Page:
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Several developmental phases

Organizations and groups evolve over time by going through several developmental phases. Tuckman (1976 cited in Weber & Karman, 1991; Cain, 2007; Cole, 2005; Smith, 2007) proposed a progressive model that describes the five stages of development that a team has to follow in order to achieve high-performance: forming, storming, norming, performing, and adjourning. There are times when a team gets stuck on a stage and finds it difficult to move on. This usually happens in the storming stage, where feelings of fear, anxiety, and dissatisfaction start to emerge among members of the group, resulting in hostility and conflict.

Although the conflict may or may not manifest as group issues, the conflict still would still exist, lying under the surface. Cole (2005) enumerates the characteristics of the storming stage, some of which include: (1) inadequate and incomplete listening; (2) innocent actions and comments are taken personally; (3) disagreements over trivial matters; (4) lurking hidden agendas (5) coveted power and control; (6) prioritizing personal goals over team goals; and (7) apparent lack of team commitment. The issues will persist and cause the group to implode unless they are solved.

If the group gets stuck on this stage, the leader could use the following strategies to manage group conflict: (1) encourage active discussion and respectful disagreement to foster creativity; (2) change and vary team job assignments to increase energy and interest; (3) use your best judgment when resolving team conflict, keeping the best interests of the team in mind at all times; (4) be sensitive to the needs, wants and conflicts the team is experiencing; and (5) consider using an outside mediator, coach, consultant or facilitator to resolve particularly thorny issues (Cole, 2005).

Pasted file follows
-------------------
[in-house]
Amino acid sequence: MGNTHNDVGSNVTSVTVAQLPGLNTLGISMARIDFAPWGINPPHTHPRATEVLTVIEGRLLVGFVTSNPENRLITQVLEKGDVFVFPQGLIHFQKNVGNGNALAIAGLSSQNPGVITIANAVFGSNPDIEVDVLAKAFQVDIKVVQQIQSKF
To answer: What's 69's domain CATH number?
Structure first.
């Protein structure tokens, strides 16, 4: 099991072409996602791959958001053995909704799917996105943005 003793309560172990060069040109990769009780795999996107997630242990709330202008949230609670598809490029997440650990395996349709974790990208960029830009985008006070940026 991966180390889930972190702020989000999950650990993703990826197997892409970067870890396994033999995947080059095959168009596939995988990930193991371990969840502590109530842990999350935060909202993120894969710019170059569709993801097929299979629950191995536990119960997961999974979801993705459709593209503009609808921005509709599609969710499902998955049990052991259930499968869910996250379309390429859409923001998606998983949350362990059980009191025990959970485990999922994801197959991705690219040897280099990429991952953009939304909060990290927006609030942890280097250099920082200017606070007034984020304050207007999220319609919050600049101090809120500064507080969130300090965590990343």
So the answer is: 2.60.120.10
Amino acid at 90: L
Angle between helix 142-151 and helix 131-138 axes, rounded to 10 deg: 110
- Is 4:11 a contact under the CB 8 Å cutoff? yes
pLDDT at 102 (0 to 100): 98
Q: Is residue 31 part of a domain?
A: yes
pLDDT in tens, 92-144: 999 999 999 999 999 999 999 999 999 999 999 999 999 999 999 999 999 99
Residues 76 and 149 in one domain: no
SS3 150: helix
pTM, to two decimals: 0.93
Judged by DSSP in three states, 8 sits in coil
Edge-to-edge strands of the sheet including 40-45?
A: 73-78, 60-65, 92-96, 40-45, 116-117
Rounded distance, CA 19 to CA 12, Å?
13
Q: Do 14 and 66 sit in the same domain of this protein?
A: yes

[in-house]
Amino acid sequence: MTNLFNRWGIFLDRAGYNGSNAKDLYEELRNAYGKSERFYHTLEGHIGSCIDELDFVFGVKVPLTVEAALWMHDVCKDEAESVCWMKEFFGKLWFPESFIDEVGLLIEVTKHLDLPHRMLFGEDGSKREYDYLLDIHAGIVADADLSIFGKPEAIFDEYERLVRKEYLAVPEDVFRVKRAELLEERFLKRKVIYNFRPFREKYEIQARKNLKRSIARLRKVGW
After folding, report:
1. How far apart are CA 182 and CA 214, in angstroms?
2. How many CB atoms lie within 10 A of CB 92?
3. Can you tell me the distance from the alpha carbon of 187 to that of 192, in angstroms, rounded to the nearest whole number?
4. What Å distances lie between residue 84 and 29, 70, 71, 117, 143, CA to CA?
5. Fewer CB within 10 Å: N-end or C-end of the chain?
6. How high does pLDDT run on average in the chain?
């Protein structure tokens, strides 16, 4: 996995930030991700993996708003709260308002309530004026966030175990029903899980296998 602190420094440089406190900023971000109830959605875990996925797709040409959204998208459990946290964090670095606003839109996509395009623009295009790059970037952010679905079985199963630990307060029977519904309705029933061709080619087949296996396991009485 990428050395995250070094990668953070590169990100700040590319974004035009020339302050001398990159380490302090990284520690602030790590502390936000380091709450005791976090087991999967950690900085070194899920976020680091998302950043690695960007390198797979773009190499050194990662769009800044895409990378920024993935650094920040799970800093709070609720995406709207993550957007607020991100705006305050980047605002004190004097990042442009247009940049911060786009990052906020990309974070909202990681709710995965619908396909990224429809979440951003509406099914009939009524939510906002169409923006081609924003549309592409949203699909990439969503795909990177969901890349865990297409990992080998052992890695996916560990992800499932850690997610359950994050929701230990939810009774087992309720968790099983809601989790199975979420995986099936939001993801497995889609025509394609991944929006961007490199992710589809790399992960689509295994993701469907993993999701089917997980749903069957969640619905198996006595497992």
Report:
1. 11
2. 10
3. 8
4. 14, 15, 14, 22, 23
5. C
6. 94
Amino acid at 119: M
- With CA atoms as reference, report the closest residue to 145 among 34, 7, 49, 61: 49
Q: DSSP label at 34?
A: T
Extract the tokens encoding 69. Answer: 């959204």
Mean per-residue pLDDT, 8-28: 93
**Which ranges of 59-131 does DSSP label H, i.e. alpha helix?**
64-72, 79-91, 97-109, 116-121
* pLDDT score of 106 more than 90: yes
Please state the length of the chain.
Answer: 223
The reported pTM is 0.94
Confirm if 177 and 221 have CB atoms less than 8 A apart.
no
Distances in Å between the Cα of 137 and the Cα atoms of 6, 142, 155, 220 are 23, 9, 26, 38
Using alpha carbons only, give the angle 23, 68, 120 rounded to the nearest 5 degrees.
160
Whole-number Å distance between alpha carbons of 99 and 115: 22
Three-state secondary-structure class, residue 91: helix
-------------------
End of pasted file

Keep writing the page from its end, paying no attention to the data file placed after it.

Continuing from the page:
Consulting companies facilitate group activities to help the group move on to the next phase. These activities usually involve planning, communication, timing, the ability to deal with frustration, and the opportunity to discuss the issues and resolve differences among the members (Cain, 2007).

References Cain, J. (2007). Exploring the five stages of group formation using adventure-based activities. In teamworkandplay. com. Retrieved October 6, 2007 from http://www. teamworkandplay. com-resources_5stages.

pdf Cole, B. (2005). Strategies for optimal team functioning. In mentalgamecoach. com. Retrieved October 6, 2007 from http://www. mentalgamecoach. com/articles/ReduceTeamConflict. html Tep. uoregon. edu. (2007). Managing groups. Teaching Effectiveness Program. Retrieved October 6, 2007 from http://tep. uoregon. edu/technology/blackboard/docs/groups. pdf Weber, M. & Karman, T. (1991). Student group approach to teaching using Tuckman model of group development. American Journal of Physiology, 261, 6: S12-S16

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